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Personality and Psychotherapy
Treating the Whole Person



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ISBN 9781593852115
Published December 4, 2005 by Guilford Press
260 Pages

 
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Book Description

This innovative book provides a framework for using recent advances in personality science to inform and enrich psychotherapy. The author demonstrates how multidimensional assessment within the context of a strong therapeutic alliance can serve as a guide to treating clients as multifaceted individuals, rather than simply treating symptoms or diagnoses. Key concepts and procedures of personality assessment are clearly explained, as are ways to use the resulting data effectively in treatment planning and intervention with individuals or couples. The concluding chapter features an extended case example illustrating the author's approach.

Table of Contents

1. Introduction
2. Domain 1--Traits
3. Domain 2--Characteristic Adaptations: Personal Strivings and Defenses
4. Domain 3--Narrative Identity: Life Stories and Self-Defining Memories
5. Relational Dynamics
6. Foundations and Principles of a Person-Based Psychology and Psychotherapy
7. Case Study of a Person-Based Therapy
Appendix A. Contact Information for Obtaining Instruments Referred to in This Volume
Appendix B. The Historical Roots of a Person-Based Psychology

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Reviews

"Singer has written a remarkable book. It is readable and rich in theory, research, and clinical examples. Based in a contemporary psychodynamic orientation, the author reaches back to the 'masters' of psychoanalysis (Freud, Adler, Klein, Horney, Erikson, and Frankl) and adds an empirical component that makes the work shine. He integrates the works of Bandura, Mahoney, Linehan, Luborsky, Crits-Cristoph, Mischel, and others to make this volume a meeting ground for psychodynamic and behaviorally oriented therapists."--Arthur Freeman, EdD, ABPP, Behavioral Science Book Service Advisory Board member

"Once upon a time, psychologists dreamed they could be healers and scientists at the same time, but the dream was lost. In this boldly integrative and beautifully written book, Jefferson Singer shows how a person-based psychology can restore the dream and bring out the best of what modern personality research and enlightened clinical practice have to offer. This landmark volume offers a new vision for 21st-century psychology--a vision which, like the book itself, is rigorous, empathic, and deeply committed to exploring the mysteries of a person's life."--Dan P. McAdams, PhD, Department of Psychology and Foley Center for the Study of Lives, Northwestern University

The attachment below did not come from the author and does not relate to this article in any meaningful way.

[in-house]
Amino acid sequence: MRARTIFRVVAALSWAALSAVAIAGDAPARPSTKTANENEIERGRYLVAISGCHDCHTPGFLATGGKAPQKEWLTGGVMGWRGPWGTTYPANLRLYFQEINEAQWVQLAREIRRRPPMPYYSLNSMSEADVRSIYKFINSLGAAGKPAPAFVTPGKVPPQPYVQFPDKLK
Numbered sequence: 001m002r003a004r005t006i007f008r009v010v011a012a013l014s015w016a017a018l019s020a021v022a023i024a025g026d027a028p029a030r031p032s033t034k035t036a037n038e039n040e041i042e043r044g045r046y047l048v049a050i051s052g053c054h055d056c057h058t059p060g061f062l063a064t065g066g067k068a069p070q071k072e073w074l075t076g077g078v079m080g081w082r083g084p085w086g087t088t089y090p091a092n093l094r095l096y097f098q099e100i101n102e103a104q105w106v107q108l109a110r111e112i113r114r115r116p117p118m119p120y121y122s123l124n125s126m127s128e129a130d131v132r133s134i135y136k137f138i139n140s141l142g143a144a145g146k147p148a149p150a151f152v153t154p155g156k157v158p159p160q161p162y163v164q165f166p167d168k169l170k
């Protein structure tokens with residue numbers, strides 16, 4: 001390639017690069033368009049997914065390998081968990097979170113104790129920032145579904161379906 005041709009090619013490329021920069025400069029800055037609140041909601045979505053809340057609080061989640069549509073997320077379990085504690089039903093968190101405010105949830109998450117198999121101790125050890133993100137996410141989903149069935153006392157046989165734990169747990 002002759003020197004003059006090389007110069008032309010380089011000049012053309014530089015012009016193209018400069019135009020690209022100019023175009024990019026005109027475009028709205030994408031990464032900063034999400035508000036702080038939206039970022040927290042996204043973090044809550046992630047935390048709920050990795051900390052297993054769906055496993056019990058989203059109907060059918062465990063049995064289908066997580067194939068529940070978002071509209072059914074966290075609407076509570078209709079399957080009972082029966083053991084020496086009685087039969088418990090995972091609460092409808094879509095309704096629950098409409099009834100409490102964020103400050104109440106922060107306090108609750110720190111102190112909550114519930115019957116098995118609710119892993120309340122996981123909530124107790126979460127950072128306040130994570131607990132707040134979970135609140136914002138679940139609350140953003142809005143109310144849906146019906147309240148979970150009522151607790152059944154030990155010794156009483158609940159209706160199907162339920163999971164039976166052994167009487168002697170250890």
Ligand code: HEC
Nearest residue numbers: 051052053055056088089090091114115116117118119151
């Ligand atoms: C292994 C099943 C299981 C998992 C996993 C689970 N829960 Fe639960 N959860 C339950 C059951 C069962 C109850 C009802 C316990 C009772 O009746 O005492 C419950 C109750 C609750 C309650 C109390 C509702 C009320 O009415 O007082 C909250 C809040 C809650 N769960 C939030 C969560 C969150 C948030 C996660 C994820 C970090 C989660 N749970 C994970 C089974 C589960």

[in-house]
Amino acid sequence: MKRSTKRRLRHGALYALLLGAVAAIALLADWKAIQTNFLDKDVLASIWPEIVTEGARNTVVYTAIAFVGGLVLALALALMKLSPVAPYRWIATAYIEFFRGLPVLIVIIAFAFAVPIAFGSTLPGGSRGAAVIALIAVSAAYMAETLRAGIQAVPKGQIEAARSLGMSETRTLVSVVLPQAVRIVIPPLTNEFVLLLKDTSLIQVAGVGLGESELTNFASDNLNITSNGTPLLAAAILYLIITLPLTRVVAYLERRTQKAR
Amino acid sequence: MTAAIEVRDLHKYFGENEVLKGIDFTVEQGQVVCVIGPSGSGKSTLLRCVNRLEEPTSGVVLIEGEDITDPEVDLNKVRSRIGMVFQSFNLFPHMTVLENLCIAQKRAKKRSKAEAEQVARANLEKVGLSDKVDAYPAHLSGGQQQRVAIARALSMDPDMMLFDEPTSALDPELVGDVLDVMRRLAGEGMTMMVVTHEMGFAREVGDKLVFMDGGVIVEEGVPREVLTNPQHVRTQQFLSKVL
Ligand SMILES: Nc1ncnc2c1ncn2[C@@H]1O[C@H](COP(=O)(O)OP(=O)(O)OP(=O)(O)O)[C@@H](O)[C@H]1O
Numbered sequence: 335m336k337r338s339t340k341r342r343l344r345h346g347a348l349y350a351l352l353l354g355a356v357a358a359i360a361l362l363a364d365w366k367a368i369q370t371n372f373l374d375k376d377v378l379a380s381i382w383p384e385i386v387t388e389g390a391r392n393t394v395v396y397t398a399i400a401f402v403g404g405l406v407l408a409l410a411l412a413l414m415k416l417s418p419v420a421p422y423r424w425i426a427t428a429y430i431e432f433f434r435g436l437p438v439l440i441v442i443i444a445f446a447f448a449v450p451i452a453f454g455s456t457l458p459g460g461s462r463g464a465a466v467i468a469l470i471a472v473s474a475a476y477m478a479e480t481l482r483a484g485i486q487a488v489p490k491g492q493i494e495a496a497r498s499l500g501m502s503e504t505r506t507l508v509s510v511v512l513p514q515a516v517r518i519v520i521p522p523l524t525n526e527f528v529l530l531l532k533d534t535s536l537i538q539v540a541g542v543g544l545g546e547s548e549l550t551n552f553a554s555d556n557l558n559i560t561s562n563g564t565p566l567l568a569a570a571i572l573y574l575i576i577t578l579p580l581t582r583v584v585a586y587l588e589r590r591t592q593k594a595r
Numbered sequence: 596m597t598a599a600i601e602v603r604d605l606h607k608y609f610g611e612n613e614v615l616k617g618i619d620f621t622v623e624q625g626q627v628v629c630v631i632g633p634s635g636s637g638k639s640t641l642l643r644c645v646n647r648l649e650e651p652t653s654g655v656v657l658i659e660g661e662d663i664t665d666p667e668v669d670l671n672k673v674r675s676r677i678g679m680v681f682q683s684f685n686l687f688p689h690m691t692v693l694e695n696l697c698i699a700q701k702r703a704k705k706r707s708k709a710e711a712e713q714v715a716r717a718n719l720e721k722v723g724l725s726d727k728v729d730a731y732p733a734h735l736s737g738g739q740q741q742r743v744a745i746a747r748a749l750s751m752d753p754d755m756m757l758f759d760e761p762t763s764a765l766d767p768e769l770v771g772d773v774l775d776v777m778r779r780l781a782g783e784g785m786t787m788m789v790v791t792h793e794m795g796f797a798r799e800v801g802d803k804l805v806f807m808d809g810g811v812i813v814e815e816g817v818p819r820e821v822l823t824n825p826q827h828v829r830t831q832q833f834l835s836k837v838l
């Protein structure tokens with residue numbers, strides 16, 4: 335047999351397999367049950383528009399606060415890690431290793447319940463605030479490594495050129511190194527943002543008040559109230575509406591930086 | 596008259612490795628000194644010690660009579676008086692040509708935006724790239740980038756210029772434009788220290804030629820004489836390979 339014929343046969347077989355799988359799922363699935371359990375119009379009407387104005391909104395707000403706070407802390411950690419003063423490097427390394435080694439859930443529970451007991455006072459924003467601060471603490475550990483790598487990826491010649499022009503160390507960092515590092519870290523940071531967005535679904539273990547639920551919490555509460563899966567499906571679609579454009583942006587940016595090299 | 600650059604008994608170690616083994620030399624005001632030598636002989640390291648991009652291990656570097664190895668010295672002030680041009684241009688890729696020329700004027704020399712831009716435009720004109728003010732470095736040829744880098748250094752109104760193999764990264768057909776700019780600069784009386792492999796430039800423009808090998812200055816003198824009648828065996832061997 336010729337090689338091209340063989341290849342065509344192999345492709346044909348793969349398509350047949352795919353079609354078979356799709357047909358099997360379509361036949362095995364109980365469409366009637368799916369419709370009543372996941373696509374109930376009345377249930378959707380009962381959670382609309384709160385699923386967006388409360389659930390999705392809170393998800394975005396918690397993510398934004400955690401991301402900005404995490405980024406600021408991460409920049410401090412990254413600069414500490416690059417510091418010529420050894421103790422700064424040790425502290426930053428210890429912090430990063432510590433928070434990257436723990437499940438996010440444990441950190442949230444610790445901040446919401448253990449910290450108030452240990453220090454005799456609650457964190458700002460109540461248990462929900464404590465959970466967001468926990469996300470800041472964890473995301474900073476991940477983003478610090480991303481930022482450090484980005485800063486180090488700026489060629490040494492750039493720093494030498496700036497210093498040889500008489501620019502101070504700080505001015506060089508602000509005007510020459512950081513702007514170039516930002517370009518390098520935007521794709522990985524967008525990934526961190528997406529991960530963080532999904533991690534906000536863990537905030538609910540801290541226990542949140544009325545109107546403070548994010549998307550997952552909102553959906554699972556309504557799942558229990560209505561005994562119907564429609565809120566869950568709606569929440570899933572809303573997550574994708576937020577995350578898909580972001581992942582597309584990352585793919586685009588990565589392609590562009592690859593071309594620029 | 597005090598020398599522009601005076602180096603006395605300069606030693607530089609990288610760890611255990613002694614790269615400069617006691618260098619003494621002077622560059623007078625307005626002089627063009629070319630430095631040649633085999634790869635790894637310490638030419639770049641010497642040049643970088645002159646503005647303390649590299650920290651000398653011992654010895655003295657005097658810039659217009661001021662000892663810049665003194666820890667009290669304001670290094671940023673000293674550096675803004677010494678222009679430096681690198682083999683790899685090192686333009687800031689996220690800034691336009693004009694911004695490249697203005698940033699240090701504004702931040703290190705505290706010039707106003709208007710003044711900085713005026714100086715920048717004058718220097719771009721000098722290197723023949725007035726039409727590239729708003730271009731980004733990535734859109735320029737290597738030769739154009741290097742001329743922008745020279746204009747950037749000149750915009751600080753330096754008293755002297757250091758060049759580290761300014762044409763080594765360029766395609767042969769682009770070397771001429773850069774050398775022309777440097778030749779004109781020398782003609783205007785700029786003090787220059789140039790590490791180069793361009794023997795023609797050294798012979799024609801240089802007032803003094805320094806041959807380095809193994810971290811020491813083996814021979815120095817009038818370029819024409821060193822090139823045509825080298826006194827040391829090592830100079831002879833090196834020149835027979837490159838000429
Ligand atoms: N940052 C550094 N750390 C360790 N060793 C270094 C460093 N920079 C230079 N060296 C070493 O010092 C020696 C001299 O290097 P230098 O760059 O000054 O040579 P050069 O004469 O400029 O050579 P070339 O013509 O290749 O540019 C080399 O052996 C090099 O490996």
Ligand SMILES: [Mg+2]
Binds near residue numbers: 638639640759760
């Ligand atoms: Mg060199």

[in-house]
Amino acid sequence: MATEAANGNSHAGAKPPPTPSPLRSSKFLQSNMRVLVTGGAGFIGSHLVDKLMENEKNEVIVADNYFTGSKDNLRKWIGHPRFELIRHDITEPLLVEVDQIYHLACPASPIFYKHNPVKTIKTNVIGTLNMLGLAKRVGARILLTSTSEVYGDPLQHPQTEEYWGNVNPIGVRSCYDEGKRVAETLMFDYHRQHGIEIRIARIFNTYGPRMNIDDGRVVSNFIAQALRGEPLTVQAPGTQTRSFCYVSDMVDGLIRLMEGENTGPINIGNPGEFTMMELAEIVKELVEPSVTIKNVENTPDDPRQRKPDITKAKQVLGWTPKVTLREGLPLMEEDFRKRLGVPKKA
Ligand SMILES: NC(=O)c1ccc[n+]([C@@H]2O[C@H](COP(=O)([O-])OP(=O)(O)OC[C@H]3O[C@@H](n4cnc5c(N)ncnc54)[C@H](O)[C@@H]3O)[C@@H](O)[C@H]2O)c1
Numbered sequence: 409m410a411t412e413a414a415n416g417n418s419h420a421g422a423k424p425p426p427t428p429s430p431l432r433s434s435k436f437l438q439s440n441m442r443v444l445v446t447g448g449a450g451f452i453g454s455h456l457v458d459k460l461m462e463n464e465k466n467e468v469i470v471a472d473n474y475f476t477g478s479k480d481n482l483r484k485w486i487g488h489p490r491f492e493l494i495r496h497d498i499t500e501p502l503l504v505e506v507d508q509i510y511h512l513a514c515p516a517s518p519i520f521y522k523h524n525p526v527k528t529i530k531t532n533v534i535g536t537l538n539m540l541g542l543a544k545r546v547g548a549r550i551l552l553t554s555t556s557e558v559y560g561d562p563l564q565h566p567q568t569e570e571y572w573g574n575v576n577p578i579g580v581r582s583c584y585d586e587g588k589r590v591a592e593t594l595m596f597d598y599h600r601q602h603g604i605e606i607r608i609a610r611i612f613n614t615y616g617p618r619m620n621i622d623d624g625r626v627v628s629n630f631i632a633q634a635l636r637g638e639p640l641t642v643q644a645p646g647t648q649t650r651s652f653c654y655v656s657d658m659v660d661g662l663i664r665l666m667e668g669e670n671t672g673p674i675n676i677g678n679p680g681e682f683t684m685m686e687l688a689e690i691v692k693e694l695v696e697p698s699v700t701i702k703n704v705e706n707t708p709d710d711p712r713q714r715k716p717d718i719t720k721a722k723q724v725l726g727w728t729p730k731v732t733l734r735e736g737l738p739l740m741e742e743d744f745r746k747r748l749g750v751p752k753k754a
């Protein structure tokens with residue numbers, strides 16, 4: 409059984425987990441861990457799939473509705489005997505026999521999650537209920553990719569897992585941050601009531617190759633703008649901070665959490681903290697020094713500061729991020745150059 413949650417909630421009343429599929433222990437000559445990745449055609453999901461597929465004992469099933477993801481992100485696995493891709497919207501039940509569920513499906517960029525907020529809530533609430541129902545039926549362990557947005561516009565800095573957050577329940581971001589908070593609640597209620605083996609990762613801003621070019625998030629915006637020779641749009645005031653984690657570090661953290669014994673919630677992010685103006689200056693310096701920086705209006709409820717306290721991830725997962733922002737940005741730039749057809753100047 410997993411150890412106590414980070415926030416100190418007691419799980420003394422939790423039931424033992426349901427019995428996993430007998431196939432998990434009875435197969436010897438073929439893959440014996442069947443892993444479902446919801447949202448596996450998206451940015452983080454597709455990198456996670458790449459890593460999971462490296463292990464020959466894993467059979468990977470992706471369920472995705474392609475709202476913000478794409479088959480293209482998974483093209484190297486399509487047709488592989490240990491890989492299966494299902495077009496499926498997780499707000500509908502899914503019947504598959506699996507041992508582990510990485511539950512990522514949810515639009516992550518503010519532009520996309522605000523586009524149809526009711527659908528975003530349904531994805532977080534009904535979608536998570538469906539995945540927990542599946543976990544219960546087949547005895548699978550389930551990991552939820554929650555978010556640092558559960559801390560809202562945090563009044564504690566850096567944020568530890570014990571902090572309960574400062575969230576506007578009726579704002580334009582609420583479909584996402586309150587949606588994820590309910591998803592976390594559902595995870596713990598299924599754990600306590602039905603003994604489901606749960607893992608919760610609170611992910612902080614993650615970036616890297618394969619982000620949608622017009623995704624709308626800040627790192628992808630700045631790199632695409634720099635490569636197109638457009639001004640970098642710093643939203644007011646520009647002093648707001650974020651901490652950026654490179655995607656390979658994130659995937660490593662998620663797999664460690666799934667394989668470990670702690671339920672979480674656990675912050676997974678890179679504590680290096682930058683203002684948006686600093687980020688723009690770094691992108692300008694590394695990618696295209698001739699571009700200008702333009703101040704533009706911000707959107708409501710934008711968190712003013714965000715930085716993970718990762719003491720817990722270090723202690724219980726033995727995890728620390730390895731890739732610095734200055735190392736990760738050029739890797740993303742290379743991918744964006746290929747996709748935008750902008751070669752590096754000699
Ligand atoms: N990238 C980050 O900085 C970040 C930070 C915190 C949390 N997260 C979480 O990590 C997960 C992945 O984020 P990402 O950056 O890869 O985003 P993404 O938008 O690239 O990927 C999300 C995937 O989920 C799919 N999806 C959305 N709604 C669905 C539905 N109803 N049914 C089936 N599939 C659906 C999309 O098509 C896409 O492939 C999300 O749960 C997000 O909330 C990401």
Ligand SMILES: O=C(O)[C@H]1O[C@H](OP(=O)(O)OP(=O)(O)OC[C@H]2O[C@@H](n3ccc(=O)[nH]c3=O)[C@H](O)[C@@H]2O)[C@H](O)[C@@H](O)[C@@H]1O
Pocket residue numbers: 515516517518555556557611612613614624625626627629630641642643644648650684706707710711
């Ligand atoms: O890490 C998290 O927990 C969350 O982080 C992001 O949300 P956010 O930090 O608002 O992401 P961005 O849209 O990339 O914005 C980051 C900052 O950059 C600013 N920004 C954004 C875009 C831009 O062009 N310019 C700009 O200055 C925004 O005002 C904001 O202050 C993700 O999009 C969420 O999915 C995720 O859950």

"This elegantly written volume brings psychology back to its rightful home: the study and appreciation of the whole person. It creatively integrates objective and interpretive methods and laboratory and clinical findings to fashion a full-blooded psychology of the individual. Of equal significance, the author expertly applies this knowledge to the understanding and treatment of individuals and couples in psychotherapy. Students and practitioners, whether novice or experienced, will be greatly rewarded by reading this compelling book."--Stanley B. Messer, PhD, Graduate School of Applied and Professional Psychology, Rutgers, The State University of New Jersey

"Bravo to Jefferson Singer! This is the text I wish my graduate students and clinical supervisees had been assigned as undergraduates: a profoundly synthetic, mature work integrating science and practice. Written gracefully, and including riveting case material, the book is as engrossing as a good novel. It will be of great value to students of personality, clinicians, psychologists in the personological tradition, and anyone else with a passion to understand the complex phenomenon that is individual psychology. Singer's book has profound implications for practicing psychotherapy--and, for that matter, for living the examined life."--Nancy McWilliams, PhD, Graduate School of Applied and Professional Psychology, Rutgers, The State University of New Jersey

"In the clinic, laboratory, and in his writings over two decades, Jefferson Singer has illustrated how personal strivings and autobiographical memories are woven together into stories and other narratives that define a person's sense of him or herself. These construals reveal critically important issues in counseling and therapy. They also are of great importance to the study of personality and social psychology, as their exploration represents an alternative to the 'trait' approach in studying individual uniqueness in social contexts. Challenging the current reductionist zeitgeist, this beautifully written book represents the very best in the study of the human personality."--Peter Salovey, PhD, Department of Psychology, Yale University